The Sabre Squadron (1966) by Simon Raven


Sabre Squadron

In the third volume of Alms for Oblivion Simon Raven does something rather unexpected. Events take place in 1952 in a quiet West German town of Göttingen where a young Cambridge mathematician, Daniel Mond, is trying to decipher the papers of a German colleague who died in the 1930s while working on something which may or may not have been a revolutionary new mathematical method. Mond is obsessed with (or tormented by) his Jewishness in a country which has not yet come to terms with murdering six million Jews. Lonely and depressed, he makes friends with some Dragoon officers from a nearby British base, among whom is Raven's alter ego Fielding Gray, last seen volunteering into the Army at the end of the eponymous novel, and the equivocal figure of Giles Glastonbury who played a major if mostly backstage part in the events of the previous book in the series.

Somewhat despite its straightforward title, and unlike any other British Army novel that I know, The Sabre Squadron gives an outsider's view of soldiers and soldiering, as in an outlandish turn of events Daniel is forced to assume the role of a private under the short-tempered command of his friend Gray. Then little by little the book turns into a spy story, acquiring along the way some of the ambiguities if not the deviousness of an Anthony Price plot. The ending is a bolt out of the blue, yet essentially simple and fully logical, so more satisfying than the contrived scheming at the end of Sound the Retreat (the second book in the sequence but written five years after the third). It is also rather abrupt, so one hopes to come across some development or reflection on it in further books - and, knowing Raven, this might cast the events in a totally different light. In fact, this is one of the most interesting aspects of Raven's sequence: not having a single narrator (like Powell's Nick Jenkins), it can present its characters ambiguously, as capable of both honourable and dishonourable behaviour, depending on the network of relationships within which that behaviour is enacted. Incidentally, honour is a hugely important concept in Raven - which is most likely why he became so unfashionable towards the end of his life. His famous cynicism was largely misunderstood and probably exaggerated, not without some help from the author himself. The fact that honour in his world was a fluid notion never reflected his rejection of it, but only the complexity of his outlook. It seems to be generally agreed among reviewers that The Sabre Squadron is a weaker link in the Oblivion chain. I would say, instead, that it is a key to Raven the moralist - a quality which is not usually noted by his fans. It is commonplace to consider Raven amoral, but a good amoral writer by necessity reflects the opposite quality, and usually to more significant effect than someone who merely sets out to uphold the traditional viewpoint.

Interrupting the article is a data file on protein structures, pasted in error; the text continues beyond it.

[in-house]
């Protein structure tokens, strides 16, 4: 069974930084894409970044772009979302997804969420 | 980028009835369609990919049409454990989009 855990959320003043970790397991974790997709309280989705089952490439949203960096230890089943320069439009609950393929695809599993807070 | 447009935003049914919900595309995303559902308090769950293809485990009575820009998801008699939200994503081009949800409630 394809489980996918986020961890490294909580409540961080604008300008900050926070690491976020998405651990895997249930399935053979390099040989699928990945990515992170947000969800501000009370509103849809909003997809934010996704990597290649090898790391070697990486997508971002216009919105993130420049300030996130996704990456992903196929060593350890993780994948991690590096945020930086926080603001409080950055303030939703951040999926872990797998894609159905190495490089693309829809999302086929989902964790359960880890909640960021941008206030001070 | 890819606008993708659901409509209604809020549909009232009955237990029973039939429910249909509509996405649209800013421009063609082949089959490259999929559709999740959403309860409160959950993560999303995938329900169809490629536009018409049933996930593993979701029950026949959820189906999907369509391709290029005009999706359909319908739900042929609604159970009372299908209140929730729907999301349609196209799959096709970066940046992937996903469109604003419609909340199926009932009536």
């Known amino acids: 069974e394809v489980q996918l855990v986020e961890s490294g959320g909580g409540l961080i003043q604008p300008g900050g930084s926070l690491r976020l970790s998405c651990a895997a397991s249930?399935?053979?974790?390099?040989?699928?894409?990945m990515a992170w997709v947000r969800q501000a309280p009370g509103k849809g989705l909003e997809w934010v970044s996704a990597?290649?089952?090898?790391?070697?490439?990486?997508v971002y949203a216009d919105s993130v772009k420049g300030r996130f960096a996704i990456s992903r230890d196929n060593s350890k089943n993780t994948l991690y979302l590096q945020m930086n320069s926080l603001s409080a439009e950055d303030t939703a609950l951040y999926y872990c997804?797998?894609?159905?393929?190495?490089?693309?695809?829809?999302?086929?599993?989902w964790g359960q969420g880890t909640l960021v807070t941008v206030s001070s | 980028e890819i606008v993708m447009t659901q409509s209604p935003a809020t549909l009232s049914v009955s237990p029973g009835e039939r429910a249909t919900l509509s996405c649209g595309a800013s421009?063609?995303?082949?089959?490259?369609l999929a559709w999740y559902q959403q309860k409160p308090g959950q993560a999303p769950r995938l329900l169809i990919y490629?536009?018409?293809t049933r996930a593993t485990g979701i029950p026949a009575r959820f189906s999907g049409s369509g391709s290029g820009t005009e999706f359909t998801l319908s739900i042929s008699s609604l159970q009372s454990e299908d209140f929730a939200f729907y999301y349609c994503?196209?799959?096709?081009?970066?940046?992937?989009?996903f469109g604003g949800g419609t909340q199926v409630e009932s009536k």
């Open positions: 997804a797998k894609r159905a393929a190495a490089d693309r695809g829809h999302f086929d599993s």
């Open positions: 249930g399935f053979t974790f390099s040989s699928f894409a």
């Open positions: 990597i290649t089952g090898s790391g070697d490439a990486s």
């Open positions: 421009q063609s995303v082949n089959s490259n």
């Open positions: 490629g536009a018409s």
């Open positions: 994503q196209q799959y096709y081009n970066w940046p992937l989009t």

Thursday, August 16, 2012

Sound the Retreat (1971) by Simon Raven

Sound the Retreat